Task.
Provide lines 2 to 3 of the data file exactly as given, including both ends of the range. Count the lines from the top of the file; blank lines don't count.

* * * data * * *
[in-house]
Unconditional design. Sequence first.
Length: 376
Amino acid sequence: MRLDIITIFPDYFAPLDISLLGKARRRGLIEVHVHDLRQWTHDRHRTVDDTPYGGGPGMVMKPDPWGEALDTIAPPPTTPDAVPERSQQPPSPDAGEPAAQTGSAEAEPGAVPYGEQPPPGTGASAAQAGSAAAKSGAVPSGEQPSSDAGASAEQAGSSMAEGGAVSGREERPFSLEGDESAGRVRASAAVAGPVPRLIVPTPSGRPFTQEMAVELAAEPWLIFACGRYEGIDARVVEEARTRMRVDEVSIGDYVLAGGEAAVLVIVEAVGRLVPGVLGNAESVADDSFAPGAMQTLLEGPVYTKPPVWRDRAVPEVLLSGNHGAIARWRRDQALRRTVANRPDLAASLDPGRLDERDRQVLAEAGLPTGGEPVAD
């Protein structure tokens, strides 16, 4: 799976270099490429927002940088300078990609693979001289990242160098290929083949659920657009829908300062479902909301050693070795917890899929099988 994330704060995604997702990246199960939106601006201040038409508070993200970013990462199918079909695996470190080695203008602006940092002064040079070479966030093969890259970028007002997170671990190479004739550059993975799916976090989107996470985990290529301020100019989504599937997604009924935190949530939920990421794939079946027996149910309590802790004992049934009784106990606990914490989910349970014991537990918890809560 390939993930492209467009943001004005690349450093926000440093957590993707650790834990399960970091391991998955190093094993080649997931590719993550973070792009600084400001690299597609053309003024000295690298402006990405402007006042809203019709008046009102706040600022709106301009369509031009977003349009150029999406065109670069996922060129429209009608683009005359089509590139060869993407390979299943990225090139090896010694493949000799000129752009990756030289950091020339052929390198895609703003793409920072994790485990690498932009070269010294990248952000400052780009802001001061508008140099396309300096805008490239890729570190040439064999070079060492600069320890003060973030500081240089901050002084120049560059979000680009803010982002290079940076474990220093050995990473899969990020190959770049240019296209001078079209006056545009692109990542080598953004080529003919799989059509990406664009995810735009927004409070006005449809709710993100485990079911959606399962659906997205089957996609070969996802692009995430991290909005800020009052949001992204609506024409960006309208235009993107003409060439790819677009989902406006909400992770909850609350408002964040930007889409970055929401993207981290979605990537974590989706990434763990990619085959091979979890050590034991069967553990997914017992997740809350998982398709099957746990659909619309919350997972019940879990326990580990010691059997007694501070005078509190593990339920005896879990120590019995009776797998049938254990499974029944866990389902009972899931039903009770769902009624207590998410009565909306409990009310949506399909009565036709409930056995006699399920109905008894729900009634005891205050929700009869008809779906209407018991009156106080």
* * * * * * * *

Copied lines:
Unconditional design. Sequence first.
Length: 376